This article is written by Clinton James, a Contributor Author at Startup Istanbul.
Asra Nadeem is a venture capitalist and Vice President of DraperU, she heads the Entrepreneurial Programs at Draper University, where she designs and implements curriculums to build and grow startups tackling the world’s most intractable problems. Asra has over 15 years of experience with product and market development for startups in the Middle East, North Africa, and South East Asia. She was present at Startup Istanbul 2017, she shares her thoughts during the event in an interview with us.
Asra Nadeem speaking to Startup Istanbul’s audience as a partner of an Early Stage Fund called Draper University Ventures suggests that investors should always ask some important questions like how the founder built the company, why the particular choice of business, what they have done, how are they committed, chances of succeeding in the business and in life, and what does winning look in terms of revenue and returns.
It is important how the founders are going to deal with matters related to domain, management, operating and startup experience/knowledge, their passion, integrity, temperament, leadership, commitment, pragmatism and flexibility. Ensure that the founder should be able to do most of these things themselves.
Pre-traction clients have no users or revenue, and an investor can come in to help push for marketing of the product to get clients. Be cautious not to get in too early. 98% of business plans have a negative growth rate. Have an assessment of the companies that approach you, have the company name, rating, comment, second round comment and the six month findings.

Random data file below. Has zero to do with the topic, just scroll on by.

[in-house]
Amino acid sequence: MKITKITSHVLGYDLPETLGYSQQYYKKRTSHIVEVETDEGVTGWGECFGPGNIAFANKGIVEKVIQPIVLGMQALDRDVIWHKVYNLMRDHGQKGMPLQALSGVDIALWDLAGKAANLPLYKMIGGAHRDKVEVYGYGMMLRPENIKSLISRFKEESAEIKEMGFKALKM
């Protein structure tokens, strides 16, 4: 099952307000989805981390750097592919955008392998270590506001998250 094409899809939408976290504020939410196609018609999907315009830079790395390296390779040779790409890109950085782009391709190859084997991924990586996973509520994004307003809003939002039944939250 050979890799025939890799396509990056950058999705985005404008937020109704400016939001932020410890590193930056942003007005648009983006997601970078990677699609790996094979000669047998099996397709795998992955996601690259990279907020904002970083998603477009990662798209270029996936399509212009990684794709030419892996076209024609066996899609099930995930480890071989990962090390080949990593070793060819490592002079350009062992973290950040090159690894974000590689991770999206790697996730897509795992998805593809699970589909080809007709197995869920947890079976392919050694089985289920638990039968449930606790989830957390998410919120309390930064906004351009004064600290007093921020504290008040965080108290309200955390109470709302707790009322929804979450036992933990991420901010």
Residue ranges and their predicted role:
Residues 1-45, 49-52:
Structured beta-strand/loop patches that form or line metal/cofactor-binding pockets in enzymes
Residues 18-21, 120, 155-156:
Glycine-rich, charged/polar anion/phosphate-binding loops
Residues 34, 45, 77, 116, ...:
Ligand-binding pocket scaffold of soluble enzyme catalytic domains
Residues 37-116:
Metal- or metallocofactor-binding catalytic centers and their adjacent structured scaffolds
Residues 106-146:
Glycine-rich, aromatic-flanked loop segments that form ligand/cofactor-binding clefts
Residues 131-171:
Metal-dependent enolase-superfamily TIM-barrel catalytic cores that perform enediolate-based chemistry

Have your deal memos as they guide you to know why you’re doing something and to help justify the reasons why you did it. Never say “NO”, but instead, “You’re not ready yet, Please stay in contact, email and update me on your progress.” Most unserious companies fall off! Most initial pipelines should go on email to save time.
People are scared of sharing good deals, yet that is how the best entrepreneurial ecosystem places like Silicon Valley started. While investing and trying to de-risk yourself, at the same time, you are creating an environment where entrepreneurs strive, develop and earn in the long run to make more wealth.
For the ones you say yes to, keep track of the entrepreneurs and keep updating it. Year two is when most companies you’ve invested in begin to run out of runway or money. Serious founders would be looking to raise another bigger round at the time. If a company has failed drastically in two years while you’ve been helping and standing with them, don’t try saving it, it would be your pitfall. Invest on those with a growth trajectory instead and don’t fight the lost battles.
If you have monitored the success of their growth, help them close their round, help them succeed and build partnerships while you’re at it. Meet at least two other people in your networking event. They would be the ones to help you in the future.
Having a good relationship with the founder, they would be in a good place to assist. When pricing the second round, get to know why and how much would be required so as to help raise it. Have consistent communication updates with the founder and most importantly find out if they will be sending you your revenue since inception by quarterly, monthly, weekly or daily. Finally ask for their monthly profit and loss statement and talk to their external accountant.